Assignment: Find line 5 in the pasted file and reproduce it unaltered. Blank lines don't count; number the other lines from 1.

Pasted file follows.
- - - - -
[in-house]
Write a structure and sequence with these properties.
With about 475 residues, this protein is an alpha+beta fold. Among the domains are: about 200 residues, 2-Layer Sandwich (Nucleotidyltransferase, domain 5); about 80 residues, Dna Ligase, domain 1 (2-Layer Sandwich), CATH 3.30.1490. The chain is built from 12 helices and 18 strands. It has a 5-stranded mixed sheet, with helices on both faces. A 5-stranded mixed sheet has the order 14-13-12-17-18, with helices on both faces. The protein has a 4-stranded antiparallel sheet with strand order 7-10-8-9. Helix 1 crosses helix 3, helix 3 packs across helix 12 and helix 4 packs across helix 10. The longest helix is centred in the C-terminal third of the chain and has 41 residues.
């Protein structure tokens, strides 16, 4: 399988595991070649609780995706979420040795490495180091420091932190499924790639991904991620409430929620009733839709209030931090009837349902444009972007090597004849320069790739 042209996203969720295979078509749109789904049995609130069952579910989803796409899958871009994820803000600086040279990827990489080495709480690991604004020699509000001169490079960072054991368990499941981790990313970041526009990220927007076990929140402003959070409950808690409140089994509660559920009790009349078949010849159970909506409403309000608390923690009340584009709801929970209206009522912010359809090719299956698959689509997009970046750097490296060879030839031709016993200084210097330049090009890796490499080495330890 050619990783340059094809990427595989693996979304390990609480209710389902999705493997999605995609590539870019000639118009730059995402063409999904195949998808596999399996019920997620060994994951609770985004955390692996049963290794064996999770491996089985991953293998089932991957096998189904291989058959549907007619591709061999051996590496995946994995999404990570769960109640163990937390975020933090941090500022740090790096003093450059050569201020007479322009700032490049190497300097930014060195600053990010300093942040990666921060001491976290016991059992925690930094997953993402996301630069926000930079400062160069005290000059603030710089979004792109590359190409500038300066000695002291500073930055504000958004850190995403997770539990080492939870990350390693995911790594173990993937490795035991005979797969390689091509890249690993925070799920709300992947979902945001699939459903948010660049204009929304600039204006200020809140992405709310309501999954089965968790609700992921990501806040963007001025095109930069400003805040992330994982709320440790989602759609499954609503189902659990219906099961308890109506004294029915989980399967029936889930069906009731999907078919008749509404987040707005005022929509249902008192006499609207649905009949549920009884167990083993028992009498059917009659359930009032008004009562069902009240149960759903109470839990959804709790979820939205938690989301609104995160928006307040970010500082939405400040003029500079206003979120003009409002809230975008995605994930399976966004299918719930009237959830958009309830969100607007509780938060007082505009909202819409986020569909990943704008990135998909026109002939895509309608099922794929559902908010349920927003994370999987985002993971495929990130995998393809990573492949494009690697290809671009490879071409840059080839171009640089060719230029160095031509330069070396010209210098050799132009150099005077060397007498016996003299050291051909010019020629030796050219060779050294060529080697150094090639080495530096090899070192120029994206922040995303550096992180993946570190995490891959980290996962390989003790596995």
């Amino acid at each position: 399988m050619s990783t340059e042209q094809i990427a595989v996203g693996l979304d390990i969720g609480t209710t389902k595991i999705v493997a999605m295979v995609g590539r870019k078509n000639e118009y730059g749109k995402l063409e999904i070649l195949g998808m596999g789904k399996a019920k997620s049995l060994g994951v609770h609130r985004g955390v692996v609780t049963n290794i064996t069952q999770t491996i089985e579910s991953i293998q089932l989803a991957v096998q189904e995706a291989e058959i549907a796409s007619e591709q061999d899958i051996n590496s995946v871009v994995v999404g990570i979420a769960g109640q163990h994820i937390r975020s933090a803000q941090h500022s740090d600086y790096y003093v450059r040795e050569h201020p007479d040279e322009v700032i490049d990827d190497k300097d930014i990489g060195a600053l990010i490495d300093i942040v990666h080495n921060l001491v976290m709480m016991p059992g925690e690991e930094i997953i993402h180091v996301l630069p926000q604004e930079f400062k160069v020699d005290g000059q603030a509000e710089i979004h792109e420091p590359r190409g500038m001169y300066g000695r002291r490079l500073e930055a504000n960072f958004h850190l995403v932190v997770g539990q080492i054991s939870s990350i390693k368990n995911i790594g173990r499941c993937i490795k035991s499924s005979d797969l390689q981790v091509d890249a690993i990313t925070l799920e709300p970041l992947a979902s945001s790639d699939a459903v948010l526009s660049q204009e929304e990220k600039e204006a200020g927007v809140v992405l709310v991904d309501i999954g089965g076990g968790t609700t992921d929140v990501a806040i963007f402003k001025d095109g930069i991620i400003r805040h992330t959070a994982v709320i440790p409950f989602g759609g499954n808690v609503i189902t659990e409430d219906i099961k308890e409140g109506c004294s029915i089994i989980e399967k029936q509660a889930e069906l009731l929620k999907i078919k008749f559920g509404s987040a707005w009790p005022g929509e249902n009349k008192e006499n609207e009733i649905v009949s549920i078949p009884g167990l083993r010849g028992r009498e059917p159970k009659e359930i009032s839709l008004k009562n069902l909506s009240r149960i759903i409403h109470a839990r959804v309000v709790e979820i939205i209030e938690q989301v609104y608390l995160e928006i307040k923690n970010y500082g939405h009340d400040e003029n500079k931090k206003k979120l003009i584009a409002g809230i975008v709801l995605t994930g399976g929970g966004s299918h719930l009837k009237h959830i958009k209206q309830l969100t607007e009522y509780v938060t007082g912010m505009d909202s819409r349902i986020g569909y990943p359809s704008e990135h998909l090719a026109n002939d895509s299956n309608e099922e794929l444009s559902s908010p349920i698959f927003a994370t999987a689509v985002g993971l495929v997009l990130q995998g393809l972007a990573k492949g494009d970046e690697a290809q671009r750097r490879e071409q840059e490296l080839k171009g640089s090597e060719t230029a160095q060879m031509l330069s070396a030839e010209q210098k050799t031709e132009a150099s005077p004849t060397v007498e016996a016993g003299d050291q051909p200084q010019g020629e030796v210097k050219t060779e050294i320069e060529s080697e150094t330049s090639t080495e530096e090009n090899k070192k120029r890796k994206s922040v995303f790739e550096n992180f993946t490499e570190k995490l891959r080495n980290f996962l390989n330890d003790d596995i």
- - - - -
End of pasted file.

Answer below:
């Amino acid at each position: 399988m050619s990783t340059e042209q094809i990427a595989v996203g693996l979304d390990i969720g609480t209710t389902k595991i999705v493997a999605m295979v995609g590539r870019k078509n000639e118009y730059g749109k995402l063409e999904i070649l195949g998808m596999g789904k399996a019920k997620s049995l060994g994951v609770h609130r985004g955390v692996v609780t049963n290794i064996t069952q999770t491996i089985e579910s991953i293998q089932l989803a991957v096998q189904e995706a291989e058959i549907a796409s007619e591709q061999d899958i051996n590496s995946v871009v994995v999404g990570i979420a769960g109640q163990h994820i937390r975020s933090a803000q941090h500022s740090d600086y790096y003093v450059r040795e050569h201020p007479d040279e322009v700032i490049d990827d190497k300097d930014i990489g060195a600053l990010i490495d300093i942040v990666h080495n921060l001491v976290m709480m016991p059992g925690e690991e930094i997953i993402h180091v996301l630069p926000q604004e930079f400062k160069v020699d005290g000059q603030a509000e710089i979004h792109e420091p590359r190409g500038m001169y300066g000695r002291r490079l500073e930055a504000n960072f958004h850190l995403v932190v997770g539990q080492i054991s939870s990350i390693k368990n995911i790594g173990r499941c993937i490795k035991s499924s005979d797969l390689q981790v091509d890249a690993i990313t925070l799920e709300p970041l992947a979902s945001s790639d699939a459903v948010l526009s660049q204009e929304e990220k600039e204006a200020g927007v809140v992405l709310v991904d309501i999954g089965g076990g968790t609700t992921d929140v990501a806040i963007f402003k001025d095109g930069i991620i400003r805040h992330t959070a994982v709320i440790p409950f989602g759609g499954n808690v609503i189902t659990e409430d219906i099961k308890e409140g109506c004294s029915i089994i989980e399967k029936q509660a889930e069906l009731l929620k999907i078919k008749f559920g509404s987040a707005w009790p005022g929509e249902n009349k008192e006499n609207e009733i649905v009949s549920i078949p009884g167990l083993r010849g028992r009498e059917p159970k009659e359930i009032s839709l008004k009562n069902l909506s009240r149960i759903i409403h109470a839990r959804v309000v709790e979820i939205i209030e938690q989301v609104y608390l995160e928006i307040k923690n970010y500082g939405h009340d400040e003029n500079k931090k206003k979120l003009i584009a409002g809230i975008v709801l995605t994930g399976g929970g966004s299918h719930l009837k009237h959830i958009k209206q309830l969100t607007e009522y509780v938060t007082g912010m505009d909202s819409r349902i986020g569909y990943p359809s704008e990135h998909l090719a026109n002939d895509s299956n309608e099922e794929l444009s559902s908010p349920i698959f927003a994370t999987a689509v985002g993971l495929v997009l990130q995998g393809l972007a990573k492949g494009d970046e690697a290809q671009r750097r490879e071409q840059e490296l080839k171009g640089s090597e060719t230029a160095q060879m031509l330069s070396a030839e010209q210098k050799t031709e132009a150099s005077p004849t060397v007498e016996a016993g003299d050291q051909p200084q010019g020629e030796v210097k050219t060779e050294i320069e060529s080697e150094t330049s090639t080495e530096e090009n090899k070192k120029r890796k994206s922040v995303f790739e550096n992180f993946t490499e570190k995490l891959r080495n980290f996962l390989n330890d003790d596995i």